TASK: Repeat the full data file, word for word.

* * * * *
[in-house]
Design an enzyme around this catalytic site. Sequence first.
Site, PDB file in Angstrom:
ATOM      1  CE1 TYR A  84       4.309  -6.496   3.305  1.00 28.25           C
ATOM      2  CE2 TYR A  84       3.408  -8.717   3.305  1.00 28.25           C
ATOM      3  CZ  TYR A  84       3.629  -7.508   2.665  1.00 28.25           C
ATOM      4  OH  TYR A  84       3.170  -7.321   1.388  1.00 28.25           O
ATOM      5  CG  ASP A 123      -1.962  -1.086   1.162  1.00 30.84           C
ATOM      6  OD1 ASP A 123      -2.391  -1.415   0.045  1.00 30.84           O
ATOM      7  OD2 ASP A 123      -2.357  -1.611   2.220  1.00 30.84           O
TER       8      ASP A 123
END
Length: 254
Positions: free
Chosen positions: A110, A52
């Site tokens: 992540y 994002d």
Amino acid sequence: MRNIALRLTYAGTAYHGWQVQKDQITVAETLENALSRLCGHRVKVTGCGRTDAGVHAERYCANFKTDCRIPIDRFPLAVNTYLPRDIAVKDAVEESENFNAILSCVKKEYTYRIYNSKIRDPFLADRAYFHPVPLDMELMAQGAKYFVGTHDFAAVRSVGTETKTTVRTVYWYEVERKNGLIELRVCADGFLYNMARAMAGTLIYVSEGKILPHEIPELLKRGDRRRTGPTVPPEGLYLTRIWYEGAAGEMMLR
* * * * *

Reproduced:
[in-house]
Design an enzyme around this catalytic site. Sequence first.
Site, PDB file in Angstrom:
ATOM      1  CE1 TYR A  84       4.309  -6.496   3.305  1.00 28.25           C
ATOM      2  CE2 TYR A  84       3.408  -8.717   3.305  1.00 28.25           C
ATOM      3  CZ  TYR A  84       3.629  -7.508   2.665  1.00 28.25           C
ATOM      4  OH  TYR A  84       3.170  -7.321   1.388  1.00 28.25           O
ATOM      5  CG  ASP A 123      -1.962  -1.086   1.162  1.00 30.84           C
ATOM      6  OD1 ASP A 123      -2.391  -1.415   0.045  1.00 30.84           O
ATOM      7  OD2 ASP A 123      -2.357  -1.611   2.220  1.00 30.84           O
TER       8      ASP A 123
END
Length: 254
Positions: free
Chosen positions: A110, A52
């Site tokens: 992540y 994002d």
Amino acid sequence: MRNIALRLTYAGTAYHGWQVQKDQITVAETLENALSRLCGHRVKVTGCGRTDAGVHAERYCANFKTDCRIPIDRFPLAVNTYLPRDIAVKDAVEESENFNAILSCVKKEYTYRIYNSKIRDPFLADRAYFHPVPLDMELMAQGAKYFVGTHDFAAVRSVGTETKTTVRTVYWYEVERKNGLIELRVCADGFLYNMARAMAGTLIYVSEGKILPHEIPELLKRGDRRRTGPTVPPEGLYLTRIWYEGAAGEMMLR